The firm that can take advantage of opportunities or mitigate efficiently the problems will not only succeed but also substantially propel its growth.


Malik is of course an experienced business development and marketing professional, but there are other types of allied professionals who would be potentially good candidates to join law firm partnerships as well. For example, Bazul says he believes that the head of human resources would be a good choice, too. “Resource management will be a critical factor in determining how well the firm succeeds,” he says, adding that a human resources leader would “be trained in the psychology of managing the resources of the firm to produce the most productive output and curate a system where everyone’s diverse strength is harnessed to ensure success for the firm.”

That said, such a move will probably play a part in a broader discussion on law firm structures of the future in Singapore or other Asian jurisdictions; in particular, how law firm structures are gradually evolving to make the most of available talent, either legal or nonlegal.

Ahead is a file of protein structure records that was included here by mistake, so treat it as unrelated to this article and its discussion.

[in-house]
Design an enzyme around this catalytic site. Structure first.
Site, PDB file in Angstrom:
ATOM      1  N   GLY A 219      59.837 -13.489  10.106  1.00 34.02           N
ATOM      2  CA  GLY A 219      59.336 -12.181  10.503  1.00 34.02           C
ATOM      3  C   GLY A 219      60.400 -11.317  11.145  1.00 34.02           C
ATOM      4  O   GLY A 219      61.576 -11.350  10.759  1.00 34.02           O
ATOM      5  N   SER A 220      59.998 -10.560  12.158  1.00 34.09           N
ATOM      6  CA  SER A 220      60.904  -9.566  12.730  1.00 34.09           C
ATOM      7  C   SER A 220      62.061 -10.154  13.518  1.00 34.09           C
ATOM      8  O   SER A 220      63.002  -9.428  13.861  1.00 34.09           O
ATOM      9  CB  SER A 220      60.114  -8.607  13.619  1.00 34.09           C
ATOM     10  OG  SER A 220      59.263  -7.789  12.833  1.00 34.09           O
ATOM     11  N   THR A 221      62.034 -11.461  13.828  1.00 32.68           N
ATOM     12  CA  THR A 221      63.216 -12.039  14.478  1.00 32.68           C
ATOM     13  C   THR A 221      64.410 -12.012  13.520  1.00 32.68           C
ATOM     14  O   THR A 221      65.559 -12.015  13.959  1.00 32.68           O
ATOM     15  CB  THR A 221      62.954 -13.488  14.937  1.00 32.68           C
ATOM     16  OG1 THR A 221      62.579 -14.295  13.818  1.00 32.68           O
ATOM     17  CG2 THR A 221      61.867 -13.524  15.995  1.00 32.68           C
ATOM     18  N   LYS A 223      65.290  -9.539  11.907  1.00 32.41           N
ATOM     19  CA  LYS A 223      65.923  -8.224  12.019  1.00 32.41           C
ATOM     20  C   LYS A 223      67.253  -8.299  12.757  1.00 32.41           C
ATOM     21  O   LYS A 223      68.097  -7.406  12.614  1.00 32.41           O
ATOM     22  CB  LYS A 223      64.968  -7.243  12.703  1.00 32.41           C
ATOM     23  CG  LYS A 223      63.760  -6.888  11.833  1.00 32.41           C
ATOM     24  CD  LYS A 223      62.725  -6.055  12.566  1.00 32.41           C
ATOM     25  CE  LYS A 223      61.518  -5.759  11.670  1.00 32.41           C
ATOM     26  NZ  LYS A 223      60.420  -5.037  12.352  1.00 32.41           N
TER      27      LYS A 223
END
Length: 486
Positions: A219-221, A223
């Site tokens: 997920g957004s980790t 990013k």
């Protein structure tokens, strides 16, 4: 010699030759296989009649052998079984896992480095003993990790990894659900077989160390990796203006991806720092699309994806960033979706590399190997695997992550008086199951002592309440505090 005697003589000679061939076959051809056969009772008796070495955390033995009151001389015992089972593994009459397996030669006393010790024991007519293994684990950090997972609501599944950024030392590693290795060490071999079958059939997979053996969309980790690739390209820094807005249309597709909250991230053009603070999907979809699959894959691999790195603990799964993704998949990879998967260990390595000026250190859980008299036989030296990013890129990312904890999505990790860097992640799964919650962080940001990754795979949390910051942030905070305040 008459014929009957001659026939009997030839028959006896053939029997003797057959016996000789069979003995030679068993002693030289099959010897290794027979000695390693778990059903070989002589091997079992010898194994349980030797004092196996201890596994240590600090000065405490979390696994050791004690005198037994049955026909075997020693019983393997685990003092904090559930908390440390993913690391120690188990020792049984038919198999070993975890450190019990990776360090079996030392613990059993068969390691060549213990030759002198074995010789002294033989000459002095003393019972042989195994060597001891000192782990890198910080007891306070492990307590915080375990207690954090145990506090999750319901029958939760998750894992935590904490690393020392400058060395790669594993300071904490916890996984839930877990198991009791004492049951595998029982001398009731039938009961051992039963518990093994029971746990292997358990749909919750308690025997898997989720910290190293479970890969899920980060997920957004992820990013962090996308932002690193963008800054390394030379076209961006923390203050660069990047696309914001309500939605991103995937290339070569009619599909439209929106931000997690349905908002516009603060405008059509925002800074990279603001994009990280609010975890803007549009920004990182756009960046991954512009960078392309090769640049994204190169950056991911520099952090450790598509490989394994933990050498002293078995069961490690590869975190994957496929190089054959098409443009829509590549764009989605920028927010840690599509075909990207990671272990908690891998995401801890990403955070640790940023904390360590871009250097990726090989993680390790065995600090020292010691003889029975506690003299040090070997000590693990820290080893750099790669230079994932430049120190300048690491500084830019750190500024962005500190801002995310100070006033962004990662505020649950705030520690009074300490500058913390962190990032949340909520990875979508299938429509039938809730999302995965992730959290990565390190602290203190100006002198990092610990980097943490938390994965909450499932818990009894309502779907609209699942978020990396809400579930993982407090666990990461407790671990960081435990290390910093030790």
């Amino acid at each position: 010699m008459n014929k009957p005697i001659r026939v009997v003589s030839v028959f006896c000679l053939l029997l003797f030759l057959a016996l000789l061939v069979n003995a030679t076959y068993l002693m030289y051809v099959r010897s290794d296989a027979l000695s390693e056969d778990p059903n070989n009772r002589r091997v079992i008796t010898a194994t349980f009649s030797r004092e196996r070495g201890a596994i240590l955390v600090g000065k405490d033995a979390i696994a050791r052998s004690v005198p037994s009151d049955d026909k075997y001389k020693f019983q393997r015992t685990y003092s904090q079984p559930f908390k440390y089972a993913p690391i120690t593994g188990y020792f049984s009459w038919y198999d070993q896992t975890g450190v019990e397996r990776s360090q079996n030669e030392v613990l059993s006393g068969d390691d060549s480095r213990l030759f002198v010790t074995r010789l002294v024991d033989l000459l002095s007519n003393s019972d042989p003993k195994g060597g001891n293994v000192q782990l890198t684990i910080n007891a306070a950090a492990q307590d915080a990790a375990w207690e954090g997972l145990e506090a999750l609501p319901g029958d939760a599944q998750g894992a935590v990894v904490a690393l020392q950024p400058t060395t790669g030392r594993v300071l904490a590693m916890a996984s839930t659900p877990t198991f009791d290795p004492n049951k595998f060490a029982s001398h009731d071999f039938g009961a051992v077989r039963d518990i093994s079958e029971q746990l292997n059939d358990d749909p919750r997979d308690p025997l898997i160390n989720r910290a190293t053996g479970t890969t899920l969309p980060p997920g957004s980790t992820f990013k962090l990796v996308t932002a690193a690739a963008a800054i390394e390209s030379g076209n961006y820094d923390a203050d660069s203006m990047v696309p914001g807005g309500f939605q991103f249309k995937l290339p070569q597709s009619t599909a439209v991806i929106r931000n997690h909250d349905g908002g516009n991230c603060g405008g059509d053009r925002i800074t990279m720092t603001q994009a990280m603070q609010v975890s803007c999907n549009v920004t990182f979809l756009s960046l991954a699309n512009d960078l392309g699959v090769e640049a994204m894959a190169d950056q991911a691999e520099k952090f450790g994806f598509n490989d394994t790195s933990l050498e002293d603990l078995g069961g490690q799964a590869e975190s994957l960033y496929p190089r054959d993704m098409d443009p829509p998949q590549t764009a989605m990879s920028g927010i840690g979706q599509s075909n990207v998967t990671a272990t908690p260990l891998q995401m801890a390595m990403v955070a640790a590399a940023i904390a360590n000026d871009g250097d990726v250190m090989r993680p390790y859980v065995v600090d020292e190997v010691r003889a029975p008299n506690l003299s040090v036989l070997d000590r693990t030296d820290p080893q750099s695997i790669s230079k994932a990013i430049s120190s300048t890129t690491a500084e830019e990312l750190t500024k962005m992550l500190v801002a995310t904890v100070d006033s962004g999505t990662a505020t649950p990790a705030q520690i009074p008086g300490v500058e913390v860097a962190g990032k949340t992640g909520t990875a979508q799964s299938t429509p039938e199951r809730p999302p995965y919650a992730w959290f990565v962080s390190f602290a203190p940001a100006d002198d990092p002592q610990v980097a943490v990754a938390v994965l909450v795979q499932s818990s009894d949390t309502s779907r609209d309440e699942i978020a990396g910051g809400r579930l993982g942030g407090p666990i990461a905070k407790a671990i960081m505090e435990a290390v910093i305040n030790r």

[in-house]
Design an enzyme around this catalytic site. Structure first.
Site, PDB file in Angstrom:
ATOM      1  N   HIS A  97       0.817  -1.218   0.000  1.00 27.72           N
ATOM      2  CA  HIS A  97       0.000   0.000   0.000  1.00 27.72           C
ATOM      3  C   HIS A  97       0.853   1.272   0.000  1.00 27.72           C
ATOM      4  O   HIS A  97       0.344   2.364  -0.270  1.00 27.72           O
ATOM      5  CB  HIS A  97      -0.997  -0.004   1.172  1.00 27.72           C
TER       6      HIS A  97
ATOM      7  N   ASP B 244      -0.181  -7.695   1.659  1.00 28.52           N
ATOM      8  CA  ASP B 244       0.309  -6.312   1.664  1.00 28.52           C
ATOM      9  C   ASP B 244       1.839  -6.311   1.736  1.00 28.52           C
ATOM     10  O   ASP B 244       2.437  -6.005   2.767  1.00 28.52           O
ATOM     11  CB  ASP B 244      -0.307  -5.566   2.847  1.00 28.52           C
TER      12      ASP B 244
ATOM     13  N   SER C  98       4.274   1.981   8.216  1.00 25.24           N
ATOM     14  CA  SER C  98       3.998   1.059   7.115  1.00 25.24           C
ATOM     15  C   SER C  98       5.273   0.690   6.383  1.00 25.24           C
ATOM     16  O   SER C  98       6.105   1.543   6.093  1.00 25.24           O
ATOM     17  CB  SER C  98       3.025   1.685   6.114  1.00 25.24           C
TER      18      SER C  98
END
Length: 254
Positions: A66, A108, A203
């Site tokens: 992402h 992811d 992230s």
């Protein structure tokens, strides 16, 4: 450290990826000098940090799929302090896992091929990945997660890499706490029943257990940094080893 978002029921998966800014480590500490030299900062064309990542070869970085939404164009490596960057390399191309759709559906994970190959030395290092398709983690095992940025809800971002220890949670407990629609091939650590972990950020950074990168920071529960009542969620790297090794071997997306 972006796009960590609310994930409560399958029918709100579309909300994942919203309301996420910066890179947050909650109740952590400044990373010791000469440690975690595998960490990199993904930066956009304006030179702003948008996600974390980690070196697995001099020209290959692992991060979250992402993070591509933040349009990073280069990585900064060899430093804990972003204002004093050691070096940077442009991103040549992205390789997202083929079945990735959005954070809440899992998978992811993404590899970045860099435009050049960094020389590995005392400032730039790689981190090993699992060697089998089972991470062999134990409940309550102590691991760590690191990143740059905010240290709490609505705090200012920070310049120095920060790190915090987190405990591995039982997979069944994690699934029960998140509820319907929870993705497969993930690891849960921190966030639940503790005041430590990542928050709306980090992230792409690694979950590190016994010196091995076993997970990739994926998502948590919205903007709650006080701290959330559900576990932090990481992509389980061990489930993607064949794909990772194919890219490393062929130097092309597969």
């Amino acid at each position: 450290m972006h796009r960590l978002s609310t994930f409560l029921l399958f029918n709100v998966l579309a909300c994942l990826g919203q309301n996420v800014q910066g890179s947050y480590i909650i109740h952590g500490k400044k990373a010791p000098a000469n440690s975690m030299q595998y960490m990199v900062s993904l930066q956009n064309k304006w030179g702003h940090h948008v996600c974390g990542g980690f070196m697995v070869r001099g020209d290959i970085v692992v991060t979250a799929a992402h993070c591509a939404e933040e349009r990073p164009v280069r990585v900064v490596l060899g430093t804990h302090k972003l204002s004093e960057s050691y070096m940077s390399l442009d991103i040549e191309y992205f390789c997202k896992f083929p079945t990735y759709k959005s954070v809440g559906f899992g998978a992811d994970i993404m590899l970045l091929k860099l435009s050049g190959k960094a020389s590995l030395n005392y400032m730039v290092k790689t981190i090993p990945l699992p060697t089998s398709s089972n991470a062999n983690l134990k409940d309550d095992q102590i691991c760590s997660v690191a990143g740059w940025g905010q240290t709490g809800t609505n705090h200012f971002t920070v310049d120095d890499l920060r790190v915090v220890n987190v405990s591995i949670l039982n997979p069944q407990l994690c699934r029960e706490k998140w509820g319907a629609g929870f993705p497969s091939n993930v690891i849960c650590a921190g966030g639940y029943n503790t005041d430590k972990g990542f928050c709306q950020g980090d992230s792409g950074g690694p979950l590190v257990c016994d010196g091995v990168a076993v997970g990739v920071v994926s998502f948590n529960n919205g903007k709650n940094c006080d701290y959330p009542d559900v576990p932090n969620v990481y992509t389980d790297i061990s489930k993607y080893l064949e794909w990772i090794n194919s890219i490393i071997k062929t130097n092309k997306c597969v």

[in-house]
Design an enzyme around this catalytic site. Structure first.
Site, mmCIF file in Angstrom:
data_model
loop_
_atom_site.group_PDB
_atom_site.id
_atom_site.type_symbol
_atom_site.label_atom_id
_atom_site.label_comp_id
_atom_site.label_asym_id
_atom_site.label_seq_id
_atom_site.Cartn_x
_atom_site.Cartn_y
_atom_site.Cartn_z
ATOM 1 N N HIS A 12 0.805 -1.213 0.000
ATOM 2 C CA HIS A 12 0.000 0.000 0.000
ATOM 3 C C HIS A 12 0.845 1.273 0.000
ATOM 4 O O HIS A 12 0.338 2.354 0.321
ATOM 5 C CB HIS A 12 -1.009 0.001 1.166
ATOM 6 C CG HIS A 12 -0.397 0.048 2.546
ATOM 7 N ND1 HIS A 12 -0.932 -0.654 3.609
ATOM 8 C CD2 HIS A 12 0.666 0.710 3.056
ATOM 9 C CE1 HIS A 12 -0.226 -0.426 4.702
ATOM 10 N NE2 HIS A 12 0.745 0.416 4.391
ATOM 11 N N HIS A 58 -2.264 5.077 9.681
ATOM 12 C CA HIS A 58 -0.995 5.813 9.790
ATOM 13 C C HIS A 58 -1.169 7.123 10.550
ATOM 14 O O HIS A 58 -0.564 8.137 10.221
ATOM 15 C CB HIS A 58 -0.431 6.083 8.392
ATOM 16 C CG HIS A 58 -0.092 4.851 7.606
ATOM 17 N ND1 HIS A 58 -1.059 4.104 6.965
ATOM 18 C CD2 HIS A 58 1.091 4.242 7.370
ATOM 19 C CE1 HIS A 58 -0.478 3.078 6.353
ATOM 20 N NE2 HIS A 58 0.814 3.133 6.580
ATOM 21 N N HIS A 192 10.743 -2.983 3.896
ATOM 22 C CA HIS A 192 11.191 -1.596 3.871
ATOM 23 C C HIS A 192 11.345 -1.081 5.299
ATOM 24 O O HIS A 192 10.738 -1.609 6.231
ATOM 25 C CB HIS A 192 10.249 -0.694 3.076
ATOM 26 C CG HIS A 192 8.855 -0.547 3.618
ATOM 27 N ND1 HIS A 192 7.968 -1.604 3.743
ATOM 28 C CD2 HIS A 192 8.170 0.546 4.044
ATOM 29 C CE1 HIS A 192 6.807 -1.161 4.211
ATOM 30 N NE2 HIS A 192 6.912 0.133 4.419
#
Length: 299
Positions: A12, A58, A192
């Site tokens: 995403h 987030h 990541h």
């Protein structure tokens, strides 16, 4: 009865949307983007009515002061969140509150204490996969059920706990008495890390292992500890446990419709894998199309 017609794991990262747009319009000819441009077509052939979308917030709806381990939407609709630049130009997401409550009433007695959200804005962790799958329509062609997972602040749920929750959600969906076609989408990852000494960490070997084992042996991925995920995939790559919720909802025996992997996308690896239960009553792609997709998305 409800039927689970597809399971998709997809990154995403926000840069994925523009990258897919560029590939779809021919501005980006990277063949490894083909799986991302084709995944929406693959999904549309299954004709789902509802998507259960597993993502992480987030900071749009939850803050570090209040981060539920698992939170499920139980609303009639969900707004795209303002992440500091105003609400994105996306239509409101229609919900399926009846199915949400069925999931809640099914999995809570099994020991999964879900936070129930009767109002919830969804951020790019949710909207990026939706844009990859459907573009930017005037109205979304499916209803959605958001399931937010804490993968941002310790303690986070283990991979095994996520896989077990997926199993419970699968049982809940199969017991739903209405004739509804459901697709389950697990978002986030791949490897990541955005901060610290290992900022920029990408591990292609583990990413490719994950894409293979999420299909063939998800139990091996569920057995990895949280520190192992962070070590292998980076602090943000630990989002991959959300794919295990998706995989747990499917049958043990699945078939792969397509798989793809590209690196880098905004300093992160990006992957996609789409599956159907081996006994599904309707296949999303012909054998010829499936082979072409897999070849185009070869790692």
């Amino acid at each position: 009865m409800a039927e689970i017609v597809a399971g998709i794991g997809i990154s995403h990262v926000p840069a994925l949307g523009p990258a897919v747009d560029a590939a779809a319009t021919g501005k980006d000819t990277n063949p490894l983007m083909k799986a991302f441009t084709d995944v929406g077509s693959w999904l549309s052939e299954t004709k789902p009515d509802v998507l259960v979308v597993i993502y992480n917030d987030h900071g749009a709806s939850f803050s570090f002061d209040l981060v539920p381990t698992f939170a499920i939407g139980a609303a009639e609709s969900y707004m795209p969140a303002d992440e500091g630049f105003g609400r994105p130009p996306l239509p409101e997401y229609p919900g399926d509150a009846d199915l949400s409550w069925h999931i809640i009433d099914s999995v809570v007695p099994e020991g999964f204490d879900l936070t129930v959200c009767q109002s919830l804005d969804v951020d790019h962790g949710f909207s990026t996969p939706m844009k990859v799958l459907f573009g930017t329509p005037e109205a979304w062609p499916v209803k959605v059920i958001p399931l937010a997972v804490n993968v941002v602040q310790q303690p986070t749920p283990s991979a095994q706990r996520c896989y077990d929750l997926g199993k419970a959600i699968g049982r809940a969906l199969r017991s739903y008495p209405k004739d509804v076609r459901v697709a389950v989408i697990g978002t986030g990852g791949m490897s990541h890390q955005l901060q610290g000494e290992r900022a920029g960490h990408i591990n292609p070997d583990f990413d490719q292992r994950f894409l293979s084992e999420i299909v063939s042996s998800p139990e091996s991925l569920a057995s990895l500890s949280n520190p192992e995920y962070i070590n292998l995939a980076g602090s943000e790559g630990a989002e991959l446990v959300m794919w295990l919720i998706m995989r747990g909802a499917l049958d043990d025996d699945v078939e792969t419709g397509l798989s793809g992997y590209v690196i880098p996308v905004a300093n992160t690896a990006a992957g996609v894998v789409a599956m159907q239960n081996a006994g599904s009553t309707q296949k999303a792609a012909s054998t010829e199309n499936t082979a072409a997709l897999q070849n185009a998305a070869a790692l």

“I believe the advancement of technology and the changes in the way people are educated in school, will lead to a system of promoting into leadership those who can contribute to the growth of the firm over those who have seniority purely because of the number of years,” says Bazul, noting that this will include a “steep learning curve for younger lawyers as well as nonlawyers having a bigger say in the way law firms are run.”

The result of all this will be a “greater mutually respectful partnership between lawyers and nonlawyers working as a team to take the firm to greater heights,” he says.